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One of the more interesting defensive ends in this year’s class is the hard to pronounce Owamagbe Odighizuwa.  The former UCLA Bruin seems to be rocketing up some people’s draft boards, so I OOdecided to take a closer look.  After reviewing five of his games against Virginia, USC, Utah, Texas, and Arizona State, it was clear the skill set he brings to the NFL could greatly improve the team that drafts him.  Here are my thoughts:

DE Owamagbe Odighizuwa, UCLA 6’ 3” 267 lbs.

Cons: Although the aftermath did not show on the game tape I viewed, the former Bruin had hip surgeries in 2013, which caused him to miss that entire year. This injury could affect his performance a few years down the road and sap his fluidity.  Once Odighizuwa comes out of his stance in pass rushing situations, he can get tunnel vision on the quarterback and tends to over pursue while getting too high in his stance. 

Pros: The defensive lineman lined up at both defensive end spots and occasionally kicked inside to defensive tackle.  He mostly used a four point stance off the line of scrimmage, but sometimes would stand up like a linebacker near the line.  Odighizuwa has a quick first step and gets great initial penetration off the snap. The defender explodes towards the blocker in front of him and does a good of job of knocking them on their heels.  By keeping his arms extended, this defensive end does not allow the offensive lineman into his body, which makes it easier to shed them away.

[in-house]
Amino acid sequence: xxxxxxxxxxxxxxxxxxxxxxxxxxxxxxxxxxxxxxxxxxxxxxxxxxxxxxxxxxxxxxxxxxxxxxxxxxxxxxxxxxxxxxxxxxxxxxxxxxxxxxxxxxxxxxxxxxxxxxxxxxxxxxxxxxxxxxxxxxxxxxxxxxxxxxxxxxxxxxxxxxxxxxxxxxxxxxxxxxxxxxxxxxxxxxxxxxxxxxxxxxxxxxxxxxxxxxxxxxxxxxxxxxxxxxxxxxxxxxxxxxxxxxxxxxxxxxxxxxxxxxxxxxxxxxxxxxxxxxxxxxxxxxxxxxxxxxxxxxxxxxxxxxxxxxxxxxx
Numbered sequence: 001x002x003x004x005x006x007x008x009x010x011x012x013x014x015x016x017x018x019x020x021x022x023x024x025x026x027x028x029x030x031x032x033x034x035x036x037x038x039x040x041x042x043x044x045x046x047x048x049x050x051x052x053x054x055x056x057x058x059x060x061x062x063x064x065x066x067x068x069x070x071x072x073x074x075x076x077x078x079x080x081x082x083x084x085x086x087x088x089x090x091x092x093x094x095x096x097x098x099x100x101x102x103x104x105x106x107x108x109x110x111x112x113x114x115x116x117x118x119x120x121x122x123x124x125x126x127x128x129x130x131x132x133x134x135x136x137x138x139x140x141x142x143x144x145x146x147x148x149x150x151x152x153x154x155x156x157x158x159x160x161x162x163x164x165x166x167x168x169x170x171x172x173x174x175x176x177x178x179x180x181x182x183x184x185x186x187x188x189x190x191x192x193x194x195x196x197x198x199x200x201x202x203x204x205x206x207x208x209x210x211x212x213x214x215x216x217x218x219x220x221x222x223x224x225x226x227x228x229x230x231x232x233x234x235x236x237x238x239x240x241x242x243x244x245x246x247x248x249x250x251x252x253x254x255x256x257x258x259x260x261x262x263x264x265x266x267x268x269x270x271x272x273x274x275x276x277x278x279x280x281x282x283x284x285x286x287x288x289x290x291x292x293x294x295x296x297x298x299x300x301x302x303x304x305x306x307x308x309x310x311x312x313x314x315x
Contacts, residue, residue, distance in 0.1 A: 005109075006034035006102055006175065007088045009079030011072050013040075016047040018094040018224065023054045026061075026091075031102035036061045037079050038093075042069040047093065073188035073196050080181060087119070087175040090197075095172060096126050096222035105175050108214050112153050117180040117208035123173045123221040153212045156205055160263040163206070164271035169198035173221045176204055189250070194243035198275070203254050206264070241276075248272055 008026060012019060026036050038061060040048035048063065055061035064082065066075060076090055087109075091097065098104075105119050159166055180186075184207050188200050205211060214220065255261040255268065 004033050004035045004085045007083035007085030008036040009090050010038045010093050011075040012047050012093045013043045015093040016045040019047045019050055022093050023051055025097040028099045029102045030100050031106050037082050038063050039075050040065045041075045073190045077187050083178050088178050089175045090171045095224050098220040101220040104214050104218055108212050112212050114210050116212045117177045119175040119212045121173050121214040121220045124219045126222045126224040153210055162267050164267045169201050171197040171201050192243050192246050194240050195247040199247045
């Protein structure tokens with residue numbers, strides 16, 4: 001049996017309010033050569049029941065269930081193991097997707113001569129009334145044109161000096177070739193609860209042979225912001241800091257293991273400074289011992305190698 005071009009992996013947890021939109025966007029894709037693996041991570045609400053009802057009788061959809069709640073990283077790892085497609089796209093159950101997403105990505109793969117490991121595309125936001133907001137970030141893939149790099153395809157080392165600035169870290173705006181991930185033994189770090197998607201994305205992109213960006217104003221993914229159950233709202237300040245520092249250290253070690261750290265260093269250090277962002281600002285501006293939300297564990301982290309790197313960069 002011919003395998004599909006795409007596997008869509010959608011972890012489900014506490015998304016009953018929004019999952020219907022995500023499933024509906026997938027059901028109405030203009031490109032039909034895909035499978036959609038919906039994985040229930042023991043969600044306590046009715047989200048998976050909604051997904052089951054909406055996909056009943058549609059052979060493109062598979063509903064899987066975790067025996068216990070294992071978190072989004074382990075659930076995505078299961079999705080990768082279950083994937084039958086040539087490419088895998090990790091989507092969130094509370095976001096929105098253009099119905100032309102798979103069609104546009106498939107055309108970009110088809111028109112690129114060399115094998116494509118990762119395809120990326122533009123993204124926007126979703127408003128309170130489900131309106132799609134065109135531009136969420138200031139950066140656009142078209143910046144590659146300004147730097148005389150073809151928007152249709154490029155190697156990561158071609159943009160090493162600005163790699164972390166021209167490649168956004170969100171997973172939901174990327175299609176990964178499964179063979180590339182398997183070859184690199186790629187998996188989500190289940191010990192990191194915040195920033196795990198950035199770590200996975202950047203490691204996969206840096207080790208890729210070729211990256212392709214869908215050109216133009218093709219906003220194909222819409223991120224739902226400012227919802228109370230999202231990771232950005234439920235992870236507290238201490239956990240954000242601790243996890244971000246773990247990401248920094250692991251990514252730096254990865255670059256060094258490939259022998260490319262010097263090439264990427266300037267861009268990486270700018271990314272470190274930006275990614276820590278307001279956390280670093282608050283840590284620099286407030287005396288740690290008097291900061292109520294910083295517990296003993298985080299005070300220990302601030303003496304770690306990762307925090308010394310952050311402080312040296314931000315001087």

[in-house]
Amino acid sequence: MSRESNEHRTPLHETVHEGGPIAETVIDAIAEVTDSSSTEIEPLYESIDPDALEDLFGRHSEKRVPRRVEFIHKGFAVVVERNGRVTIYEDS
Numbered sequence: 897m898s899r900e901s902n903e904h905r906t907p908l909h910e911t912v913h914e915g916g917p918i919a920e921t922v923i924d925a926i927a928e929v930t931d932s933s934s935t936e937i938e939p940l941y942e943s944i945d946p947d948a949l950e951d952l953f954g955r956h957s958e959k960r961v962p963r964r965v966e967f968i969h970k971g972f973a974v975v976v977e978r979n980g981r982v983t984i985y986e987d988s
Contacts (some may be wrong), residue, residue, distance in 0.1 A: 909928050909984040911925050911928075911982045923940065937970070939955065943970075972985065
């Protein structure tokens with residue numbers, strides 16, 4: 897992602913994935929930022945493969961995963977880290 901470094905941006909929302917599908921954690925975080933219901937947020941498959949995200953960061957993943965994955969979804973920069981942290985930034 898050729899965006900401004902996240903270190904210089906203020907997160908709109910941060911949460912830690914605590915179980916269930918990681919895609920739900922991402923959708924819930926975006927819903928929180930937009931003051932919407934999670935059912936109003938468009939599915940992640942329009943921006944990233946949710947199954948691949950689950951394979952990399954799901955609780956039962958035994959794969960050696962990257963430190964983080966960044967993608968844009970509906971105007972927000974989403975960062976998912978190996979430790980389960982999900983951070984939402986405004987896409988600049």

He uses a combination of bull rushes, spin moves, and dips underneath the shoulder pads of the blocker to swim around on the way to the quarterback.  Odighizuwa uses his power to cause the most punishment when he gets his hands on the signal caller. This is usually on the mind of the quarterback, which forces the throw earlier than intended.  When the defender can’t get to the passer, he makes sure his arms extend to swat the ball or at least cloud the passing lane.

Against the run, this defensive end disengages with his blockers quickly filling his assigned gap or crashing down the line to find the pigskin.  He has a great motor and pursues plays downfield once the ball carrier gets past the line of scrimmage. Odighizuwa often forces double teams to clear him out-of-the-way when offenses run to his side, because the defender anchors so well.  Teams shouldn’t underestimate his strength either as he can be occupied by a blocker and slide down reaching out with one hand to take a player down.

Overall thoughts: Odighizuwa is an impressive defender who might be a late first round consideration in the NFL Draft, but will probably be available in your rookie IDP draft in the late second to mid-third rounds.  If he goes to a solid 4-3 defense, this defensive end could prove huge value in both tackle and sack heavy formats.  However, if Odighizuwa gets forced to play in an outside linebacker role, I’m not sure that he will be as successful.

 

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